HAPPY St. Patty's Day from all of us here at MY 103.5!  Hope you have a wonderful, fun day enjoying everything green and fun!


10. Shamrocks: Of course with St. Patrick's Day comes the massive appearance of shamrocks. Whether you're wearing one pinned to your lapel or you have them on your socks, shamrocks have definitely become a central symbol for this day. In the olden days in Ireland, the shamrock was seen as sacred. Due to its green color and overall shape, many believed it to represent rebirth and life. The four leaves of the clover represent faith, love, hope, and of course, luck. Because of this, the shamrock has continued to be very popular in the Irish culture. When the Irish were under control of the English, many silent protests were held, and each person would wear a shamrock pinned to their shirt. From then on the shamrock has became a very well-known symbol that represents Ireland and the Irish people.

9. Prohibition in Ireland...Really: When you think of March 17, you almost surely will think of beer, and when you think of someone Irish, you probably think of beer and pubs as well. But, in the history of Ireland, beer wasn't always a given on this widely-celebrated day. in 1903, a member of the Irish parliament, James O'Mara introduced a new bill that called to recognize St. Patrick's Day as a religious observation in Ireland. However, because this was made a law, this meant that all of the local pubs had to close; therefore, no beer was readily available. So for 67 years, the Irish suffered through a total shut down of all pubs until 1970 when the law was overturned and the holiday was no longer a religious observance, but a national holiday.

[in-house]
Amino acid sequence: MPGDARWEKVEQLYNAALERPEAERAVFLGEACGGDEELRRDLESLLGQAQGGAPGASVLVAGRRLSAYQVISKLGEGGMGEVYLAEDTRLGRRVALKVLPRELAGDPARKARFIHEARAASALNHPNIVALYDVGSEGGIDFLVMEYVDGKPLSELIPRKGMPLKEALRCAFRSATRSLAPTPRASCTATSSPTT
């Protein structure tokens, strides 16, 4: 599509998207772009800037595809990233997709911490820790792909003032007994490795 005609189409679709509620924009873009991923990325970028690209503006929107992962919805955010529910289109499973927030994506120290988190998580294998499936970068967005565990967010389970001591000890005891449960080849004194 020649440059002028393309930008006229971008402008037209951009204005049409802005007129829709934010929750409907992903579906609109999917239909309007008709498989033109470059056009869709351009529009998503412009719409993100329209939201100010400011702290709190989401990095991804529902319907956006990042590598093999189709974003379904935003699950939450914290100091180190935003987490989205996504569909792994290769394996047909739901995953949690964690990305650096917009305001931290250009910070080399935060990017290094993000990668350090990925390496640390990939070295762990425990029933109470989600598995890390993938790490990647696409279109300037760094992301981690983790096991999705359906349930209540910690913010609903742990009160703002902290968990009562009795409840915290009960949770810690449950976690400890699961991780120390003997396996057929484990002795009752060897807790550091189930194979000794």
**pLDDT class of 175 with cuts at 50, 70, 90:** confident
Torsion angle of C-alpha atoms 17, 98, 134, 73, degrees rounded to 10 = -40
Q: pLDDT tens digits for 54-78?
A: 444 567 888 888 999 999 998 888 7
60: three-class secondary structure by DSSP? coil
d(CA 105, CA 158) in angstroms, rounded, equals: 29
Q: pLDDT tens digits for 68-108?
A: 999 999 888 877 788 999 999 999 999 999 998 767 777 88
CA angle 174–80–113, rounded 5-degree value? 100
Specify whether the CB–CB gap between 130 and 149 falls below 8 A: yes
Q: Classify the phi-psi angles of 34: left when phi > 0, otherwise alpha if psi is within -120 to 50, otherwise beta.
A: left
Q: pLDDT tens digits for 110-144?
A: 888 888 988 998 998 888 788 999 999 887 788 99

8. Only Three Locations Truly Care: While many places all over the world celebrate St. Patrick's Day, from the U.S. to Australia to Argentina and South Korea, only a very select few locations have actually made this day a public holiday for everyone. First, the very tiny island sometimes known as "Emerald Island of the Caribbean," Montserrat, is one of three countries that publicly celebrate the holiday. This is due to the high number of Irish refugees that came from Nevis and St. Kitts to the island. So to commemorate them, the holiday is celebrated. The holiday is also considered to be a public one in Newfoundland and Labrador. Here the holiday is celebrated to remember a failed slave uprising that occurred in 1798. And of course, last but not least, Ireland has made March 17 a public holiday as well.